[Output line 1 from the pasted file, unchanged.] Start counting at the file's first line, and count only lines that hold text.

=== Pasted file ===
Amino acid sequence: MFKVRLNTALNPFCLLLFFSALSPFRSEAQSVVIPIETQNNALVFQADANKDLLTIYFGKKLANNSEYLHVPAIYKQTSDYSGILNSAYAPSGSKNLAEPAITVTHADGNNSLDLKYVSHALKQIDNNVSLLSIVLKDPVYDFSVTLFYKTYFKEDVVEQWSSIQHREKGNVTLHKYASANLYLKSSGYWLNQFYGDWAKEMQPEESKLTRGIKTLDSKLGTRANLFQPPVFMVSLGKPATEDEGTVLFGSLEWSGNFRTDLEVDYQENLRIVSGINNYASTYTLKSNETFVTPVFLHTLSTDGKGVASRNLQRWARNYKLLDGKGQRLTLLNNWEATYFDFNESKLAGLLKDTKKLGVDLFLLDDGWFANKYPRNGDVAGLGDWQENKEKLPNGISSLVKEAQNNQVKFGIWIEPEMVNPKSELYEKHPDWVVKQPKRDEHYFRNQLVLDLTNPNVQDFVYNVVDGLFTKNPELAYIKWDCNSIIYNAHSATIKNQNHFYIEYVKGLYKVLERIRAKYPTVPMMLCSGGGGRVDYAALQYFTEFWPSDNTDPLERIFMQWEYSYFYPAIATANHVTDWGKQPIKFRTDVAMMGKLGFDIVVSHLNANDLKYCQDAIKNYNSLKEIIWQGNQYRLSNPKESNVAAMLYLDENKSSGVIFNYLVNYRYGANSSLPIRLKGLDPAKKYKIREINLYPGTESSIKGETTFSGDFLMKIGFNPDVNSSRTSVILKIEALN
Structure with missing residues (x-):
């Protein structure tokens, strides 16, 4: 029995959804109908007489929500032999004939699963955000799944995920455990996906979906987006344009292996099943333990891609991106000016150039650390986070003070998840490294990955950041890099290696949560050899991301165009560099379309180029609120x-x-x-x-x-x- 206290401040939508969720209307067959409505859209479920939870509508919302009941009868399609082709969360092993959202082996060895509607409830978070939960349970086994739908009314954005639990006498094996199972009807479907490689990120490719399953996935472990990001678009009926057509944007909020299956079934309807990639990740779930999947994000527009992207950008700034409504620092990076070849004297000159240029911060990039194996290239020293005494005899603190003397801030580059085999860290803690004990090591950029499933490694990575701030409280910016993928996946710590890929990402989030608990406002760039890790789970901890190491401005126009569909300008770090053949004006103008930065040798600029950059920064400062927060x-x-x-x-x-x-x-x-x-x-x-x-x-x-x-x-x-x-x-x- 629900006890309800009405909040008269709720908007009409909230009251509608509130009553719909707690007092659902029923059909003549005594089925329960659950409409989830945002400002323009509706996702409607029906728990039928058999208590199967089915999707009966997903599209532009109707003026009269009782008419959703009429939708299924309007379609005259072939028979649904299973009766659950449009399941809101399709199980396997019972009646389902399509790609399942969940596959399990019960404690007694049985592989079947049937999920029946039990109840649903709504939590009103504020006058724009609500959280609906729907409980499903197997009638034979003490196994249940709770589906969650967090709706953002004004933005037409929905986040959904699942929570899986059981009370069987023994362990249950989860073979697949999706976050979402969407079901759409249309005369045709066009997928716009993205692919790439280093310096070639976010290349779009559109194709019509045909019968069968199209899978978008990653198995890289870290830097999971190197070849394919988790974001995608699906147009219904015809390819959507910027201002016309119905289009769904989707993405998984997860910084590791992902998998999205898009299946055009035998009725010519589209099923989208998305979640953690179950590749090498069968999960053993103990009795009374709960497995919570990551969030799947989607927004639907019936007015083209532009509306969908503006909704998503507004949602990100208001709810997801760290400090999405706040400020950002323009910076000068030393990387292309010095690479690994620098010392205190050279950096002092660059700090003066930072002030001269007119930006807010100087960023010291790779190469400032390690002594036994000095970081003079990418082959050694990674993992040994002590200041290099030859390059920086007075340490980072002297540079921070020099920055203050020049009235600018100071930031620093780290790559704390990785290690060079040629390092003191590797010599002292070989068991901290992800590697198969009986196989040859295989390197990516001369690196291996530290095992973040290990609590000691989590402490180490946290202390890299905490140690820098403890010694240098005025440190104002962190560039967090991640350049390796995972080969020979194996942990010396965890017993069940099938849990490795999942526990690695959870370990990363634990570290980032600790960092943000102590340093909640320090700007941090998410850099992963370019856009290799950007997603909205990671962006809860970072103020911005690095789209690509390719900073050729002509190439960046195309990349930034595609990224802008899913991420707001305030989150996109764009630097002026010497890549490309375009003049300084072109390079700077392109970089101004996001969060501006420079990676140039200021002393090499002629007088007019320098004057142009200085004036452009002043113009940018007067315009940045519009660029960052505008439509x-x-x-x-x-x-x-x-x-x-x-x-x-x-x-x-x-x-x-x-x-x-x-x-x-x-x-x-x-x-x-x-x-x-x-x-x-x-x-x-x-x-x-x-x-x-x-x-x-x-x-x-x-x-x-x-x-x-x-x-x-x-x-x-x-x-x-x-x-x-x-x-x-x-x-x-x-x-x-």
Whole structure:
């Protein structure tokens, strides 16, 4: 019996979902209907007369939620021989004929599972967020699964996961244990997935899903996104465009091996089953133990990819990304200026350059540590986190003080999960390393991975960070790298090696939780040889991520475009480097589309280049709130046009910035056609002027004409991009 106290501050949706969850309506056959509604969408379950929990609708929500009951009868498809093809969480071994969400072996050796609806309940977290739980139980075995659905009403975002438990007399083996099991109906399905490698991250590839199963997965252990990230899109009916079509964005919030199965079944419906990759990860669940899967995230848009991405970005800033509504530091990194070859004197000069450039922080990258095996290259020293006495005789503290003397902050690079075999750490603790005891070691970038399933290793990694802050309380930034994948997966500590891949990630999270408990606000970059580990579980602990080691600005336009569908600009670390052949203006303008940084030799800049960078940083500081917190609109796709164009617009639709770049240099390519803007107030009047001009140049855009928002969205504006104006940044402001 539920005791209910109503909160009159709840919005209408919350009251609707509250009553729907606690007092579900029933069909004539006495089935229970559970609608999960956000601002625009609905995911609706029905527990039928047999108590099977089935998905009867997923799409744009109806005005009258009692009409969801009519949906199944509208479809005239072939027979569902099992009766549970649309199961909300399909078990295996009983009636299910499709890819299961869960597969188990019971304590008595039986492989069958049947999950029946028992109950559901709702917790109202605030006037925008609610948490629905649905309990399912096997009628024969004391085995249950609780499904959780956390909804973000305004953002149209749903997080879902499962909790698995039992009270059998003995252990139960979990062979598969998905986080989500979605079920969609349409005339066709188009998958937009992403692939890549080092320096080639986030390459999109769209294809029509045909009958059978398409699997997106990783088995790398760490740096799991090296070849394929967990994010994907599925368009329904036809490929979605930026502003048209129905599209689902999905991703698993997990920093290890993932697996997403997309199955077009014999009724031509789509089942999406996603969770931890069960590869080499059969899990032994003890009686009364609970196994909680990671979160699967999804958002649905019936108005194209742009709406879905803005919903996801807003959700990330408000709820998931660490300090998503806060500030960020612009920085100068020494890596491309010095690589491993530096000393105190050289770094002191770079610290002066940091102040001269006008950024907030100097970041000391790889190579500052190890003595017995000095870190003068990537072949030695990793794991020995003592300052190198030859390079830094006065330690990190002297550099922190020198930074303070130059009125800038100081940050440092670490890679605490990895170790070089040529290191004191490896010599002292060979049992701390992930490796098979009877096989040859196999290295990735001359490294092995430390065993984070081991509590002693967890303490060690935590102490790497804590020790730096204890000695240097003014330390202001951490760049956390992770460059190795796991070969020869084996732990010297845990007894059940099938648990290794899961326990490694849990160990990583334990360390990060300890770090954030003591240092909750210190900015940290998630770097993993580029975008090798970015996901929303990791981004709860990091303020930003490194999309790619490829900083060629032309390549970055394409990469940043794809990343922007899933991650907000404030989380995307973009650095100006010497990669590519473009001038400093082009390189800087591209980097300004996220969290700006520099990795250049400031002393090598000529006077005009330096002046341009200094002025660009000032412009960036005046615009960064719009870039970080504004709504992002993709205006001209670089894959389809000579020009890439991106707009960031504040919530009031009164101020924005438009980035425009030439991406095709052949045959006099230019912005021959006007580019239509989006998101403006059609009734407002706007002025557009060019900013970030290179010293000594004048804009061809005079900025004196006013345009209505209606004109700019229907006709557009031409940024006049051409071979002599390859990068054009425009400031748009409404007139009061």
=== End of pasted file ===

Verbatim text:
Amino acid sequence: MFKVRLNTALNPFCLLLFFSALSPFRSEAQSVVIPIETQNNALVFQADANKDLLTIYFGKKLANNSEYLHVPAIYKQTSDYSGILNSAYAPSGSKNLAEPAITVTHADGNNSLDLKYVSHALKQIDNNVSLLSIVLKDPVYDFSVTLFYKTYFKEDVVEQWSSIQHREKGNVTLHKYASANLYLKSSGYWLNQFYGDWAKEMQPEESKLTRGIKTLDSKLGTRANLFQPPVFMVSLGKPATEDEGTVLFGSLEWSGNFRTDLEVDYQENLRIVSGINNYASTYTLKSNETFVTPVFLHTLSTDGKGVASRNLQRWARNYKLLDGKGQRLTLLNNWEATYFDFNESKLAGLLKDTKKLGVDLFLLDDGWFANKYPRNGDVAGLGDWQENKEKLPNGISSLVKEAQNNQVKFGIWIEPEMVNPKSELYEKHPDWVVKQPKRDEHYFRNQLVLDLTNPNVQDFVYNVVDGLFTKNPELAYIKWDCNSIIYNAHSATIKNQNHFYIEYVKGLYKVLERIRAKYPTVPMMLCSGGGGRVDYAALQYFTEFWPSDNTDPLERIFMQWEYSYFYPAIATANHVTDWGKQPIKFRTDVAMMGKLGFDIVVSHLNANDLKYCQDAIKNYNSLKEIIWQGNQYRLSNPKESNVAAMLYLDENKSSGVIFNYLVNYRYGANSSLPIRLKGLDPAKKYKIREINLYPGTESSIKGETTFSGDFLMKIGFNPDVNSSRTSVILKIEALN